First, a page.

Overview

Felipe González Márquez

(b. 1942)


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(b. 5 Mar. 1942).

Prime Minister of Spain 1982–96

Early career

Born in Seville, he studied law in Seville and Louvain (Belgium), where he joined the social democratic movement. He became a professor of labour law, and active in the outlawed Spanish Socialist Party in 1965, advancing to become its executive secretary in 1970. In 1974, he became first secretary of the restored Partido Social Obrero Espan˜ol (PSOE, Socialist Workers' Party of Spain), which was legalized after Franco's death in 1975. He built up a strong party organization with close links to the trade unions. At the 1977 elections the PSOE became the second largest party in parliament. A relentless critic of Suárez, he benefited from the latter's inability to cope with the country's economic problems, from numerous and increasing divisions among the right, and from the uncertainties hanging over the political system after the military coup attempt of 1981.

In office

Thanks to his overwhelming charm and charisma, the PSOE won an absolute majority in 1982. Under his leadership, the party won the elections of 1986 and 1990 with absolute majorities, while from 1994 he was forced to rule with the help of the Catalan and Basque nationalists. He successfully sought to integrate the country into the EEC, and subsequently became one of the major proponents of further European integration. As such, he benefited from his friendship with the socialist veteran, Brandt, and from increasingly good relations with Kohl. He promoted further autonomy for the various regions, so that by 22 February 1983, there were seventeen autonomous regions with their own parliamentary institutions. He liberalized the country's social laws (e.g. on abortion), and improved labour conditions through the introduction of a forty-hour working week.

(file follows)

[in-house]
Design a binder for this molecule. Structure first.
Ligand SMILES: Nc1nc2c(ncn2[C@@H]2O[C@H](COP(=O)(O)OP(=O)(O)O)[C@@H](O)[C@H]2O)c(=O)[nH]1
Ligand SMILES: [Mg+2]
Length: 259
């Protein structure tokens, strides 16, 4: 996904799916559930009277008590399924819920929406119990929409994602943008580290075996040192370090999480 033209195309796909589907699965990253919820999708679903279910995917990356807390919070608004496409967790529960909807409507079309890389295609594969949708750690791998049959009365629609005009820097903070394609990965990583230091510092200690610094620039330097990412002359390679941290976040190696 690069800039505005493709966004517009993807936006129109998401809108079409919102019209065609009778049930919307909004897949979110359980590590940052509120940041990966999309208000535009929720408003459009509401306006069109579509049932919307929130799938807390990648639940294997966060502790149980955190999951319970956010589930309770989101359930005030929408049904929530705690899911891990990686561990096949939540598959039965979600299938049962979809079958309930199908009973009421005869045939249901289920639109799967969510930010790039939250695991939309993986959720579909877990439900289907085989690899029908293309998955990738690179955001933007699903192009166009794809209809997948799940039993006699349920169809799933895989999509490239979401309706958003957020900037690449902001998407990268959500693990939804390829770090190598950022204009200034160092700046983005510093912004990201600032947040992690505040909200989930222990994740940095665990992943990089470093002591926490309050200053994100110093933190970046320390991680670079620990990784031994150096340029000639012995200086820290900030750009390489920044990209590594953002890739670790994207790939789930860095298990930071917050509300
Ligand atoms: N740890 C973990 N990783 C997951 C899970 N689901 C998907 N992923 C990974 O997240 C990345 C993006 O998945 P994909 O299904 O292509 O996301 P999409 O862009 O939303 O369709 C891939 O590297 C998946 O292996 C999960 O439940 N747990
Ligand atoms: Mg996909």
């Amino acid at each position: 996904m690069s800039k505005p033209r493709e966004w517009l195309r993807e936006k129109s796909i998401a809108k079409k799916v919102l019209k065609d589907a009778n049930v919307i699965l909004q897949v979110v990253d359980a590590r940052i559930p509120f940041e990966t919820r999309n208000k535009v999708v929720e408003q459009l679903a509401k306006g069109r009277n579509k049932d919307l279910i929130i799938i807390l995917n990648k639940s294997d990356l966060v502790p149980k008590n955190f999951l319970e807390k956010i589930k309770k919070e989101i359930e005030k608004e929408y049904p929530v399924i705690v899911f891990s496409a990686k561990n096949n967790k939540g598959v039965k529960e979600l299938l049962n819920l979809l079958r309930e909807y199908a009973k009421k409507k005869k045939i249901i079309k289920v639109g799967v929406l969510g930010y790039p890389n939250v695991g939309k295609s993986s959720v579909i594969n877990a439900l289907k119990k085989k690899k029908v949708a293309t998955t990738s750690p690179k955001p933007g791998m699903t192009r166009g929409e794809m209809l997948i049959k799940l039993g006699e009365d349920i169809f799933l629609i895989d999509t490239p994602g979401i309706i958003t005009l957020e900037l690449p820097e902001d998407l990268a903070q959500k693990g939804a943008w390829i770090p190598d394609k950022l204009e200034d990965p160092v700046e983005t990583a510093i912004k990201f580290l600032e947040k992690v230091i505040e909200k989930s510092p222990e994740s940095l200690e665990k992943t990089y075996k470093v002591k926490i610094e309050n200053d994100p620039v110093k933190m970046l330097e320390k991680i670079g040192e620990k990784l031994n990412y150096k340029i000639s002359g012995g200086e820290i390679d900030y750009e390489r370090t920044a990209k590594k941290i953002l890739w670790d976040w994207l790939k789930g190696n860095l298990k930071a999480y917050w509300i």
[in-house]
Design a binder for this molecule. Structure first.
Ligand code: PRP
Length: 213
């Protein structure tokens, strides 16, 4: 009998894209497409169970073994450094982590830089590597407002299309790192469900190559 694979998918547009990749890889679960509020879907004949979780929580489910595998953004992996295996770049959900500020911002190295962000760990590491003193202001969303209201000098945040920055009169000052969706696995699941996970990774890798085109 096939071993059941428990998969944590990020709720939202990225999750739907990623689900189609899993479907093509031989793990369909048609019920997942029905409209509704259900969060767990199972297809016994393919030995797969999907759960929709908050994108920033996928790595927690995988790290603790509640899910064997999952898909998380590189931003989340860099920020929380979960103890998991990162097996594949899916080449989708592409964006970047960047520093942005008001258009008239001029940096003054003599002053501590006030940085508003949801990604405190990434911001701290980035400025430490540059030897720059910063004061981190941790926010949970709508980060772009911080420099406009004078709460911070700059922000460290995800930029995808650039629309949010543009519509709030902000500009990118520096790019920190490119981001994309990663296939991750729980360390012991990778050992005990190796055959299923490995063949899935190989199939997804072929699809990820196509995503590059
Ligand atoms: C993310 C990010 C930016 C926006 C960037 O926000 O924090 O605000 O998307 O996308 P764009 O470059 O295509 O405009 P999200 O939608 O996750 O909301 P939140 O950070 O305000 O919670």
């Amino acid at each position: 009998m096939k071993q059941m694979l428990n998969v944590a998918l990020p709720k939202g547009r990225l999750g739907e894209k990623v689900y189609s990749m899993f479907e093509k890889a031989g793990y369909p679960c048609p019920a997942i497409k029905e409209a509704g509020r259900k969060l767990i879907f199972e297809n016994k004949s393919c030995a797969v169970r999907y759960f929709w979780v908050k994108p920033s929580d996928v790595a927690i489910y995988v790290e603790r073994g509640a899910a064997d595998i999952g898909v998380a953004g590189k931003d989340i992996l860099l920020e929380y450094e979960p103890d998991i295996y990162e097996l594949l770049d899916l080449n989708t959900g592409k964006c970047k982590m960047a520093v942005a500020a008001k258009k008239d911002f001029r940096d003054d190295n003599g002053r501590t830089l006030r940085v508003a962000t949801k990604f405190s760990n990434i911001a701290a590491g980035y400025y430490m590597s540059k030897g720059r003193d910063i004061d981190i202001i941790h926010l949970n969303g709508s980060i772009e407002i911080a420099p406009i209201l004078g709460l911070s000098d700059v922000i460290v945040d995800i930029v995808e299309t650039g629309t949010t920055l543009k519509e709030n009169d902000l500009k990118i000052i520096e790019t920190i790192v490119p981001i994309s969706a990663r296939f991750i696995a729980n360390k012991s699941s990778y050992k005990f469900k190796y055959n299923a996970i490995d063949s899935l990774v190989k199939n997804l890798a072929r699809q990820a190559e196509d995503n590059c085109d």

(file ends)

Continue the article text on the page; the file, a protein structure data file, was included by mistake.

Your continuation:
In the mid-1980s, González tried to consolidate the improvement of the economy (and reduce state debt) through a tighter fiscal policy, which triggered the opposition of much of the labour movement. Throughout his government, he has sought to end the violence of the Basque terrorist organization, ETA, through the dual strategy of tough police action and negotiations. Excessively brutal police action against ETA and allegations of a subsequent cover-up led to growing opposition to his increasingly autocratic style of leadership in the 1990s. He lost the 1996 elections to Aznar owing to the unpopularity and the exhaustion of the PSOE after fourteen years of rule. Yet he had lost none of his personal appeal, which alone ensured a very respectable showing for his party, against all predictions.

Subjects: Politics — Contemporary History (Post 1945).


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